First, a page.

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January 2020 Retro Gaming Article

January 5, 2020 Retro Gaming Blog Post:

Namco Museum for the PlayStation was one of the first compilations bringing arcade games to my living room

Namco Museum for the PlayStation - NA releases
I played arcade ports on early 8-bit consoles, but they couldn't replicate the games on that hardware.
When I discovered Space Invaders at a local bowling alley, I was in heaven. It was the only machine they had, but it gave me hours of fun and made my younger self aware of arcade games. Soon I discovered a local arcade full of these games and I was in heaven.

When a friend got an Atari 2600 with Space Invaders, I was hooked. I had to have a 2600. I begged and pleaded with my parents until my Mom took me to an appliance store to buy one - no GameStop stores back then! I was astounded. Playing Space Invaders at home was life-changing. Then I bought Asteroids, Missile Command, and Defender.

Arcade ports for home game consoles rocked my 8-bit world!
I loved these games since it brought much of the arcade fun home for me to enjoy any time. I still went to arcades since they provided the real experience with sharper graphics and superior controls. You really need a trackball to play Missile Command.

Then Sony came along talking about games. As far as I knew, Sony made TVs. But the name PlayStation spoke to me. That name was genius in my opinion. From an advertising perspective, I was consumed by a "Station for Play." It made perfect sense to me and I wanted one! The Enos campaign excited me. It's coded meaning blew my mind.

Shiny Discs With Tons Of Storage

As CDs were coming into my world of computer use, I was aware of their massive storage capacity and the kind of games that could be delivered by such a medium. It hadn't occurred to me that computer hard drives were fast and CD drives were awfully slow. none the less, I needed a Sony PlayStation!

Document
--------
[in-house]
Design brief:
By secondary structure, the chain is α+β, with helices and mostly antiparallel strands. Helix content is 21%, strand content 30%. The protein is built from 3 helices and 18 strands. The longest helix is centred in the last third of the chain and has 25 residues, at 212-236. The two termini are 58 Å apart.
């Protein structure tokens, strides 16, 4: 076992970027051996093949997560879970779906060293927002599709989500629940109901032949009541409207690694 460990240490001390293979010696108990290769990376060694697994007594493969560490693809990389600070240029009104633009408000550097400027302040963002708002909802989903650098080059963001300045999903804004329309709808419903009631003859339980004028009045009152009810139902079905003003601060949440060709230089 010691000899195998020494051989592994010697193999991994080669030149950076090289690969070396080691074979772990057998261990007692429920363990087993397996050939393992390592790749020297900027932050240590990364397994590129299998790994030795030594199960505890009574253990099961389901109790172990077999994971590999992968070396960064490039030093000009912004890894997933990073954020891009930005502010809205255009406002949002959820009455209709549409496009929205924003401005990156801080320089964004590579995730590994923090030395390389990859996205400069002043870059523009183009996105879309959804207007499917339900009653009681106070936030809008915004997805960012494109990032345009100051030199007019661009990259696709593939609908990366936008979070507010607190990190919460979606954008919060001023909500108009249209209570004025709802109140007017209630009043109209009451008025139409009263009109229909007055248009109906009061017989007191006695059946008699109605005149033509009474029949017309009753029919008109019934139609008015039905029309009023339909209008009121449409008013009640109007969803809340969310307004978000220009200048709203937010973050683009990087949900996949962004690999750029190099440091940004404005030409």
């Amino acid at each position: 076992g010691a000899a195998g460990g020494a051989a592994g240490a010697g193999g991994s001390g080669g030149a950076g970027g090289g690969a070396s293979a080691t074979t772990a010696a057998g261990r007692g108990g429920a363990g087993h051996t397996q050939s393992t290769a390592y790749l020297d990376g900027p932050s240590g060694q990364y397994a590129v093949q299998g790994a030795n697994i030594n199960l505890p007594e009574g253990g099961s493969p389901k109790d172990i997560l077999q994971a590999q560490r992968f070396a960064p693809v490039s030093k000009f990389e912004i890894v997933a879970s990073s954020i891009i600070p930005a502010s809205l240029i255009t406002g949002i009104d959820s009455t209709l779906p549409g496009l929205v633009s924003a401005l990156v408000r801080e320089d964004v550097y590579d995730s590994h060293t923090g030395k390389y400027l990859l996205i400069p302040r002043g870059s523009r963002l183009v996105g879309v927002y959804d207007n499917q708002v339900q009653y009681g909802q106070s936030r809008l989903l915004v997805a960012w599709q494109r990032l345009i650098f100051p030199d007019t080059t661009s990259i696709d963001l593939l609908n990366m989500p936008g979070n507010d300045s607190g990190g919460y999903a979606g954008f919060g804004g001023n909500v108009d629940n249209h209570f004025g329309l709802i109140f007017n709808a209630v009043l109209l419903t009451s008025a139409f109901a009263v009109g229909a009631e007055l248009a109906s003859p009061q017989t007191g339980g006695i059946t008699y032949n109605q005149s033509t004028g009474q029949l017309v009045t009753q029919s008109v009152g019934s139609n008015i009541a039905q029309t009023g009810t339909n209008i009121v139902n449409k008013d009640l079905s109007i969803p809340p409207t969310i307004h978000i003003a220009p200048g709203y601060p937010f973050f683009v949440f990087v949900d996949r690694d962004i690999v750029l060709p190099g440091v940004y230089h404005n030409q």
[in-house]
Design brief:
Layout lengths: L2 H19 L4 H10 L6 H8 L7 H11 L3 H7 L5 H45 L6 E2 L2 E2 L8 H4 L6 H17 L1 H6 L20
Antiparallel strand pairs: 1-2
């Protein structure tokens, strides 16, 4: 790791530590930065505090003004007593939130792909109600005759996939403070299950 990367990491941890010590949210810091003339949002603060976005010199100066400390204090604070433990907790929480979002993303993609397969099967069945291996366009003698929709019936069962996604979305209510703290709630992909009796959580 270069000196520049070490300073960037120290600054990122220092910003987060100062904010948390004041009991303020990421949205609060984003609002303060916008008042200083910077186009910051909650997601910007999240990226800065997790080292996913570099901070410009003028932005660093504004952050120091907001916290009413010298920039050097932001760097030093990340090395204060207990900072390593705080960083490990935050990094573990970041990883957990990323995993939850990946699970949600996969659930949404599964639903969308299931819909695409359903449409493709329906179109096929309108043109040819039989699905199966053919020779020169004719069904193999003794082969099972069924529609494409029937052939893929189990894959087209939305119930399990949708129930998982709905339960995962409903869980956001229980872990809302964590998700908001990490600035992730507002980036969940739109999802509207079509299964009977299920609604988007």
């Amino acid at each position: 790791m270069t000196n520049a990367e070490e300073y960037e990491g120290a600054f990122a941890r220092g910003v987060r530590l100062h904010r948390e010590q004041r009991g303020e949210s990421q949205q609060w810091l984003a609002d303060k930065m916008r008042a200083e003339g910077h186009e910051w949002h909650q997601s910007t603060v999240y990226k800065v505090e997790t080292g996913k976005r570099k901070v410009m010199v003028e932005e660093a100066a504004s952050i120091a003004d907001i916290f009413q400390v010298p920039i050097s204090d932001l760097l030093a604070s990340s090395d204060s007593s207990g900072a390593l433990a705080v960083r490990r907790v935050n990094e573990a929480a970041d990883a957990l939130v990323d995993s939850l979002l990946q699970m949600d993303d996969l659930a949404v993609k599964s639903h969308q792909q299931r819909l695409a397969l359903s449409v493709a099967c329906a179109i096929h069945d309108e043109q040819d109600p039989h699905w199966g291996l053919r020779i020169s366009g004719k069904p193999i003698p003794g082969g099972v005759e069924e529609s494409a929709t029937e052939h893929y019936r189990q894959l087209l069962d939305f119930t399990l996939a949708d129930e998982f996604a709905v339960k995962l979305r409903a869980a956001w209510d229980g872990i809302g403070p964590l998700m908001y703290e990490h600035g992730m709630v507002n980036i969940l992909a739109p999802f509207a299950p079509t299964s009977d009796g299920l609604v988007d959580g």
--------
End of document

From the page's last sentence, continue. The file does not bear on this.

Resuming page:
The PlayStation offered actual versions of my favorite arcade games!
I felt like I was venturing into the future of gaming with this new console. It was different from any console I'd played before. Suddenly, game cartridges seemed old-fashioned (even though I'd love them for a lifetime) and shiny new discs were ushering in the next level of the expanding video game industry.

When I thought about the capacity of a game disc, I thought about it in terms of the larger size of games. It didn't dawn on me that this medium could also be used for multiple game titles. My world changed upon discovering compilation discs like Namco Museum, Arcade Greatest Hits: Williams, or Arcade Greatest Hits: Atari.

These were the arcade versions of my favorite games and they played seamlessly in my living room. Nothing could ever replace the actual arcade experience, but for a kid who loved Space Invaders on the 2600, these compilation disc were a dream come true!

Namco Museum PlayStation Game Lists

    Namco Museum 1 - July 31, 1996
  1. Pac-Man (1980)
  2. Rally-X (1980)
  3. New Rally-X (1981)
  4. Galaga (1981)
  5. Bosconian (1981)
  6. Pole Position (1982)
  7. Toy Pop (1986)
    Namco Museum 2 - September 30, 1996
  1. Super Pac-Man (1982)
  2. Xevious (1982)
  3. Mappy (1983)
  4. Gaplus (1984)
  5. Grobda (1984)
  6. Dragon Buster (1985)

    Namco Museum 3 - January 31, 1997
  1. Galaxian (1979)
  2. Ms. Pac-Man (1981)
  3. Dig Dug (1982)
  4. Phozon (1983)
  5. Pole Position II (1983)
  6. The Tower of Druaga (1984)
    Namco Museum 4 - June 30, 1997
  1. Pac-Land (1984)
  2. The Return of Ishtar (1986)
  3. Genpei Toma Den (1986)
  4. Ordyne (1988)
  5. Assault (1988)
  6. Assault Plusdagger (1988)

    Namco Museum 5 - February 26, 1998
  1. Metro-Cross (1985)
  2. Baraduke (1985)
  3. Dragon Spirit (1987)
  4. Pac-Mania (1987)
  5. Valkyrie no Densetsu (1989)

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